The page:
11 Tips on How to Get Lean and Ripped
Taking a well-rounded or “holistic” approach to getting lean and losing weight is key. There really is no secret potion or diet, exercise routine or magic food to shed the fat and gain muscle.
Certainly, there are many different aspects of a fitness and wellness equation that need to be respected and combined to reach optimum goals—be it diet, weight lifting or cardio—but all sides need to be addressed.
Perhaps the single most important factor, however, is your diet.
To get cut, understand that your body consists of three energy systems. First one is for exercises like jogging (slow twitch muscles), second for sprinting (fast twitch muscles) and the third one for lifting heavy weights.
When people desire fat loss, all three energy systems must be taxed at the same time.
A few quick tips to getting lean right off the bat:
1. Drink lots of water.
This sounds so easy, but water works just like a natural diuretic and aids transport carbohydrates into the blood dropping fat storage space. It’s also significant to maintain your body hydrated all through the day and particularly during the exercise.
2. Cut back on your number of sets and reps when you decrease your daily caloric intake.
3. Be sure to schedule at least one rest day in your program to get lean and/or ripped.
4. Vary your cardiovascular and weight exercises.
Do not always choose to run or do the recumbent bike for the same amount of time every day. Mix it up and work as many parts of your body all together as possible.
A healthy diet plan is going to be 80% of the formula to get noticeable results and help to see those hard-working muscles.
Minimally processed or restaurant bought foods, fiber-rich, and rainbow-colored vegetables and clean, lean proteins such as egg whites, lean chicken and turkey will help shed those pounds and lean you out as well.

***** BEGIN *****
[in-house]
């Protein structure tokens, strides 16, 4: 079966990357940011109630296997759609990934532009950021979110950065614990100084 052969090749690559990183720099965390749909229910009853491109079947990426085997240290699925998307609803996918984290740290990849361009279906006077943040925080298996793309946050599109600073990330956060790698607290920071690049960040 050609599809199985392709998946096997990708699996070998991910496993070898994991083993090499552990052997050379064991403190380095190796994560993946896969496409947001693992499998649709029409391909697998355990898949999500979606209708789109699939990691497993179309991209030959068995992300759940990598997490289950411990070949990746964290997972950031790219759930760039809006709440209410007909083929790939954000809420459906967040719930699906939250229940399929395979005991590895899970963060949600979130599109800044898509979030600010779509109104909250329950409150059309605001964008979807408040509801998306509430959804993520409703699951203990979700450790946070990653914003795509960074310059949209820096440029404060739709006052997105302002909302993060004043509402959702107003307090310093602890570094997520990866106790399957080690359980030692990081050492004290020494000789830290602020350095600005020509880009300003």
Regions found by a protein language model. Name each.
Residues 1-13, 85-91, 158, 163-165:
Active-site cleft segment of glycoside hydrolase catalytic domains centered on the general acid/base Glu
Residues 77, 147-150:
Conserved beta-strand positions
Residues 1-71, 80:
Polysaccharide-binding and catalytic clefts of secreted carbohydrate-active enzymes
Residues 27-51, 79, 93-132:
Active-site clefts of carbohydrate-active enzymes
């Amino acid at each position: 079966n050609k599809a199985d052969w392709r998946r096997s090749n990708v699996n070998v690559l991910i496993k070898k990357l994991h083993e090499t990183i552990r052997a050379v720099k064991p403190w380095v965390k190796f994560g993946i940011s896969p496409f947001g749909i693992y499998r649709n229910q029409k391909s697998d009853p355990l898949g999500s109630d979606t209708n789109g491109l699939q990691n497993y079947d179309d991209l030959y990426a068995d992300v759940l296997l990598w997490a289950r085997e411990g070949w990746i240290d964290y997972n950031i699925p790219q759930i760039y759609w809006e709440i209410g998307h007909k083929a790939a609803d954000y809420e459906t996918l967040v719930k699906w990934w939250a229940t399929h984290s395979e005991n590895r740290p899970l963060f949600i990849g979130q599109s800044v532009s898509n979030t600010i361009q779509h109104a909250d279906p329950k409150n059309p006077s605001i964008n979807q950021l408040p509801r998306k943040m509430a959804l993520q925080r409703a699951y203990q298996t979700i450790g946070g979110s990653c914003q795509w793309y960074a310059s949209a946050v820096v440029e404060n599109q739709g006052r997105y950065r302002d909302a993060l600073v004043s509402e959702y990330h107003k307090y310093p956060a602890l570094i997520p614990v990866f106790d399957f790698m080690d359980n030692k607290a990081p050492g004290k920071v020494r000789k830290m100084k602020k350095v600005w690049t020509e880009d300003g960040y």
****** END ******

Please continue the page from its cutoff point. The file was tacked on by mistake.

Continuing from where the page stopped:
5. No matter how much cardio, crunches, burpees , and lunges you do, no one is going to get ripped if they eat out every meal, or chow down a whole pizza when they get home from the gym.
Not only is portion size important, the types of food consumed are key, as well. Long term health is a life change. You have to be mindful of eating healthy in the morning, at work, when you get home, before sleep and on the weekends.
This means you need to go through your kitchen and throw out any temptations that will get in your way.
Getting your family to agree to take healthy steps and declarations toward a healthier lifestyle will also help you reach your goal.
Make a list of as many fruits and vegetables that you like and are willing to eat before you go grocery shopping, or visit your local farmers market or produce section of the grocery store and check out what is in season.
Make a secondary list of beans, legumes, spices, low fat & low sugar dairy products, plus lean meats. Invest time in buying the foods that will fuel your everyday and experiment with different healthy recipes.
Additional tips on how to lean out and get ripped:
6. Eat less, more regular meals.
You have mainly likely heard this so many times, but this is very important in losing fat from the body, which will eventually permit your abs to be exposed.
On this particular note, always maintain your sodium intake under the control if you want to get ripped.
7. Combination of resistance cardio and weight training is the main way to get cut fast.
If you want to know how to get cut fast, you have to consider the discussed matters. If you cannot wait to get cut, you have to combine all the three systems of energy that are discussed before.
Most of the people do not have the proper knowledge of how to get cut and they fail to get their body ripped. The best way to start is to exercise on the resistance cardio named as called barbell complexes.
They are actually six exercises done one by one without delay in between. The base of these exercises came from the idea of never putting the barbell down once you started your workout.
8. Choose a quality protein.
But combine the protein with fiber-rich foods, such as lightly steamed dark leafy greens. Protein is very important because it contains essential amino acids which are the building blocks of our muscles.
Exercise makes protein consumption essential, in order to provide our bodies with enough nourishment to keep our muscles from atrophying and in pristine condition.
The second part of the reasoning is that protein provides satiety, meaning we feel full longer than eating the same amount in carbohydrates so, therefore, we have more resistance to junk-food temptations.
Protein does not have to be meat, either. Natural soy products and plant protein, such as Swiss chard, legumes and those found in dairy make great nutritional meat alternatives.
9. Do not forget your carbohydrates, which provide energy to our muscles, and all our organs including our heart and brain.